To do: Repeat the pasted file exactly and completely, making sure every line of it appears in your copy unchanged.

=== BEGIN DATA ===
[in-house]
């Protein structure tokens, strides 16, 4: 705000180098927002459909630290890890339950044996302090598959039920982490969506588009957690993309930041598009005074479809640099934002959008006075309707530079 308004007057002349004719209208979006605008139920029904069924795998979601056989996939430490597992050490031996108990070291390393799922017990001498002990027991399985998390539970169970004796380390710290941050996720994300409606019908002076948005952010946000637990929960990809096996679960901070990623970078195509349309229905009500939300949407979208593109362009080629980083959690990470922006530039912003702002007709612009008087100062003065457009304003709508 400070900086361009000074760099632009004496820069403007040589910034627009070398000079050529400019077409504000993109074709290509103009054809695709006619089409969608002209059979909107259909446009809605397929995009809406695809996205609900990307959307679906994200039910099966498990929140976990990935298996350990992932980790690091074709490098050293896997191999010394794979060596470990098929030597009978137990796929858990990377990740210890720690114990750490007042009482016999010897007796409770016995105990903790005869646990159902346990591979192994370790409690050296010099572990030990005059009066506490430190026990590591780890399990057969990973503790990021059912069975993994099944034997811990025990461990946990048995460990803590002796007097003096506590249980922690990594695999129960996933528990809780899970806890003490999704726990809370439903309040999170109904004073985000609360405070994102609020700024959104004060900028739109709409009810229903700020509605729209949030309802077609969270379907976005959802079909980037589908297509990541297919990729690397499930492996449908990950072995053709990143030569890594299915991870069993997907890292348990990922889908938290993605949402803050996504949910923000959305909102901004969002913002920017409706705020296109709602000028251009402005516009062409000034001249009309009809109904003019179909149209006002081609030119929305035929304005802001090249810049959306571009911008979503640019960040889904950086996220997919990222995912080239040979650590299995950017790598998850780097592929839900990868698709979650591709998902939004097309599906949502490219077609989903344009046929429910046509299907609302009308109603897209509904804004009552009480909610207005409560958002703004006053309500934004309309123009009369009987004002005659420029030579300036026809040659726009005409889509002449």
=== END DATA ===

[in-house]
């Protein structure tokens, strides 16, 4: 705000180098927002459909630290890890339950044996302090598959039920982490969506588009957690993309930041598009005074479809640099934002959008006075309707530079 308004007057002349004719209208979006605008139920029904069924795998979601056989996939430490597992050490031996108990070291390393799922017990001498002990027991399985998390539970169970004796380390710290941050996720994300409606019908002076948005952010946000637990929960990809096996679960901070990623970078195509349309229905009500939300949407979208593109362009080629980083959690990470922006530039912003702002007709612009008087100062003065457009304003709508 400070900086361009000074760099632009004496820069403007040589910034627009070398000079050529400019077409504000993109074709290509103009054809695709006619089409969608002209059979909107259909446009809605397929995009809406695809996205609900990307959307679906994200039910099966498990929140976990990935298996350990992932980790690091074709490098050293896997191999010394794979060596470990098929030597009978137990796929858990990377990740210890720690114990750490007042009482016999010897007796409770016995105990903790005869646990159902346990591979192994370790409690050296010099572990030990005059009066506490430190026990590591780890399990057969990973503790990021059912069975993994099944034997811990025990461990946990048995460990803590002796007097003096506590249980922690990594695999129960996933528990809780899970806890003490999704726990809370439903309040999170109904004073985000609360405070994102609020700024959104004060900028739109709409009810229903700020509605729209949030309802077609969270379907976005959802079909980037589908297509990541297919990729690397499930492996449908990950072995053709990143030569890594299915991870069993997907890292348990990922889908938290993605949402803050996504949910923000959305909102901004969002913002920017409706705020296109709602000028251009402005516009062409000034001249009309009809109904003019179909149209006002081609030119929305035929304005802001090249810049959306571009911008979503640019960040889904950086996220997919990222995912080239040979650590299995950017790598998850780097592929839900990868698709979650591709998902939004097309599906949502490219077609989903344009046929429910046509299907609302009308109603897209509904804004009552009480909610207005409560958002703004006053309500934004309309123009009369009987004002005659420029030579300036026809040659726009005409889509002449």